South Africa ideal partner for trilateral development

By Song Wei Source:Global Times Published: 2017/7/5 23:46:32

Illustration: Peter C. Espina/GT

With the expansion and upgrading of Sino-Africa cooperation, strengthening trilateral development cooperation with South Africa will not only help China improve its image in Africa and promote localization of aid projects, but will also facilitate the participation by BRICS countries in aid programs in the continent.

By the standards of the OECD, South Africa is an emerging donor. Meanwhile, as one of the BRICS countries, South Africa is also the largest aid donor in Africa. Statistics from South Africa's Ministry of Finance show that the foreign aid funds the country provides annually have been maintained at more than 500 million rand ($38 million) over the past five years. Given the fact that South Africa's aid has mainly flowed into other African countries and that there have been rising expectations for Sino-African cooperation, exploring trilateral development cooperation with South Africa seems to be a useful approach for enhancing the quality and efficiency of Sino-Africa cooperation.

There are three reasons why it is highly feasible for China to carry out trilateral development cooperation with South Africa at present.

First, South Africa's foreign aid conforms with China's approach. Human resources training is the major focus of South Africa's foreign assistance. With its geographical, cultural and language advantages, the South African government has conducted human resources training programs in African countries, mainly involving cultural and information exchange, AIDS prevention and control, education, skills, production technology and social welfare, among others. In addition, the government also provides infrastructure assistance and emergency humanitarian assistance.

Second, South Africa holds a positive attitude toward trilateral development cooperation. Since 2000, South Africa has cooperated with 15 traditional donor countries, including the Netherlands, Switzerland, Sweden, Norway, Belgium, Germany, France and the UK, to implement development aid projects in Africa. In recent years, it has also actively carried out trilateral cooperation with India, Brazil, Vietnam and other emerging donor countries.

Third, the coordination costs of trilateral cooperation are relatively low for China and South Africa. At present, the main factor that restricts trilateral cooperation is the high coordination costs among the three parties involved. Yet the coordination mechanism among BRICS countries has lowered the cost of negotiations between China and South Africa. Moreover, the New Development Bank (NDB) has also been a great lubricant for trilateral cooperation. According to the Fortaleza Declaration at the 6th BRICS summit in 2014, the NDB aims to mobilize resources for infrastructure and sustainable development projects in BRICS and other emerging and developing economies.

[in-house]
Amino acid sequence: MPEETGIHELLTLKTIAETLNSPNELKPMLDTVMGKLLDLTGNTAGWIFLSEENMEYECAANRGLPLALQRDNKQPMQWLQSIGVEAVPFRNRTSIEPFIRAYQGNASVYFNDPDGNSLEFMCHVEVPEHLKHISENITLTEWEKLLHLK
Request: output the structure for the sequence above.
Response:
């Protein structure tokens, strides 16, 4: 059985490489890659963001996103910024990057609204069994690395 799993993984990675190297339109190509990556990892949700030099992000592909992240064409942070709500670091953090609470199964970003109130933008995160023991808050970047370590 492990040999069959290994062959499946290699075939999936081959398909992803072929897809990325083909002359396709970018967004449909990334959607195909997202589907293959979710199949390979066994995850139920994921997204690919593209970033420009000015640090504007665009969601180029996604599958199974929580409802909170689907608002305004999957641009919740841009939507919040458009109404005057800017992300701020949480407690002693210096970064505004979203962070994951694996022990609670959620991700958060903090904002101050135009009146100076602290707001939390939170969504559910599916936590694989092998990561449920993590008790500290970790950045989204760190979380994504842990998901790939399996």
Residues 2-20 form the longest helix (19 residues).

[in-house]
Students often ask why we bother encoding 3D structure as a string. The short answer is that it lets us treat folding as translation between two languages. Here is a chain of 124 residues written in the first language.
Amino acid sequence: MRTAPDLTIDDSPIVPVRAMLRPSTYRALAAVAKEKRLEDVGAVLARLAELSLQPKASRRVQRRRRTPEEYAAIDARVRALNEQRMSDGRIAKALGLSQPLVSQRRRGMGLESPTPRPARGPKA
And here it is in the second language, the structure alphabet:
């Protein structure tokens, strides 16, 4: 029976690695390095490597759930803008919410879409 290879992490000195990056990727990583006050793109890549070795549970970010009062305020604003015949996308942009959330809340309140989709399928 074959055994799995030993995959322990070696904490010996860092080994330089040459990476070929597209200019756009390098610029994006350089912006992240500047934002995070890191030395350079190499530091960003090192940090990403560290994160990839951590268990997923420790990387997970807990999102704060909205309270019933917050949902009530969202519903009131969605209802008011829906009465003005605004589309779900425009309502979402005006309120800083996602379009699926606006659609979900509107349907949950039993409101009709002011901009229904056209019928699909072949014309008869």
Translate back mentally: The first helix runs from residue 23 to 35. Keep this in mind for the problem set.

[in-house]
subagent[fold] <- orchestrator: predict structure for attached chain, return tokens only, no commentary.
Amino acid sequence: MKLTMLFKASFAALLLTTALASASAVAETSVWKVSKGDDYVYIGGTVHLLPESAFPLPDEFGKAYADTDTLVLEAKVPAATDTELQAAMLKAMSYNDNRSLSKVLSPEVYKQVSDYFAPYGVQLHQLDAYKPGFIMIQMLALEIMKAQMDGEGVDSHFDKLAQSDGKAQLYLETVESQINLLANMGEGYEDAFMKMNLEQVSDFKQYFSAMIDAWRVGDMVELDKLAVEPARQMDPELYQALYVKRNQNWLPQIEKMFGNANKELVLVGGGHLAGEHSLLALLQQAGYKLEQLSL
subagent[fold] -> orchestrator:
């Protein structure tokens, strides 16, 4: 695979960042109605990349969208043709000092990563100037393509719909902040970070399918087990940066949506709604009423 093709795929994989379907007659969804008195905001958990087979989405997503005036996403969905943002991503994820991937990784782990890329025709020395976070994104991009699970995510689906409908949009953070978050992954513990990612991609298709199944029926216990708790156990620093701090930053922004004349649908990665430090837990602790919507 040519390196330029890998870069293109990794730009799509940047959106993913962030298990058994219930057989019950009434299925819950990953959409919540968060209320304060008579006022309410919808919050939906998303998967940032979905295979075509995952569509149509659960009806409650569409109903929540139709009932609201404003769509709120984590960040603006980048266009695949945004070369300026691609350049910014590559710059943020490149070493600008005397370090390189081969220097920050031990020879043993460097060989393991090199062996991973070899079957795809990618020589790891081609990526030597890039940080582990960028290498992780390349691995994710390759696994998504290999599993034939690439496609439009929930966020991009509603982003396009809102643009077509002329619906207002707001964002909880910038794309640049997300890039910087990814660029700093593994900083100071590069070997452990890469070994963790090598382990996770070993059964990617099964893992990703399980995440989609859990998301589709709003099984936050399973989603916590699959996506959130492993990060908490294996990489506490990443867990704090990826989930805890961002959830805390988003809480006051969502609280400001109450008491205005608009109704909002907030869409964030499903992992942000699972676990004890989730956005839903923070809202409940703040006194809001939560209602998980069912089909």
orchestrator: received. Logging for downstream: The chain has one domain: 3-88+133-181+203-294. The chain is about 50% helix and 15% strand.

As such, China may strengthen trilateral development cooperation with South Africa in the following areas.

The first would be to enhance policy exchanges. According to the African Renaissance and International Cooperation Fund (ARF) Strategic Plan 2015-2020 drawn up by the Ministry of International Relations and Cooperation, South Africa's assistance will still focus on Africa. There are five strategic objectives: cooperation between South Africa and other countries, in particular African countries; promotion of democracy and good governance; prevention and resolution of conflict; socio-economic development and integration; and humanitarian assistance and human resource development. China could, based on its own priorities of aid to Africa, conduct policy exchanges and coordination with South Africa to identify areas of cooperation and mutual interest.

Second, management coordination could be promoted. An ARF Advisory Committee has been established to manage development cooperation projects for the fund. Any project proposal involving the usage of ARF must be submitted to the Advisory Committee for approval. Only after being approved by the committee can the proposal be submitted to the Ministry of International Relations and Cooperation and the Ministry of Finance. China's foreign aid authorities could strengthen communication with the committee, jointly designing and managing trilateral cooperation projects so as to promote the sustainable operation of aid projects in Africa and thus enhance the endogenous development ability of African recipient countries.

Third, cooperation on carrying out assessments is needed. There is a risk control committee under the Ministry of International Relations and Cooperation, which consists of independent experts and senior officials. The committee is responsible for assessing the risks of implementing aid projects and making recommendations to the audit department. China's foreign aid authorities could establish a long-term contact mechanism with the committee. A joint expert team could be established to conduct medium and final assessments of the South Africa-China-Africa trilateral development cooperation and share improvement views among the three parties.

The author is an associate researcher with the Chinese Academy of International Trade and Economic Cooperation.


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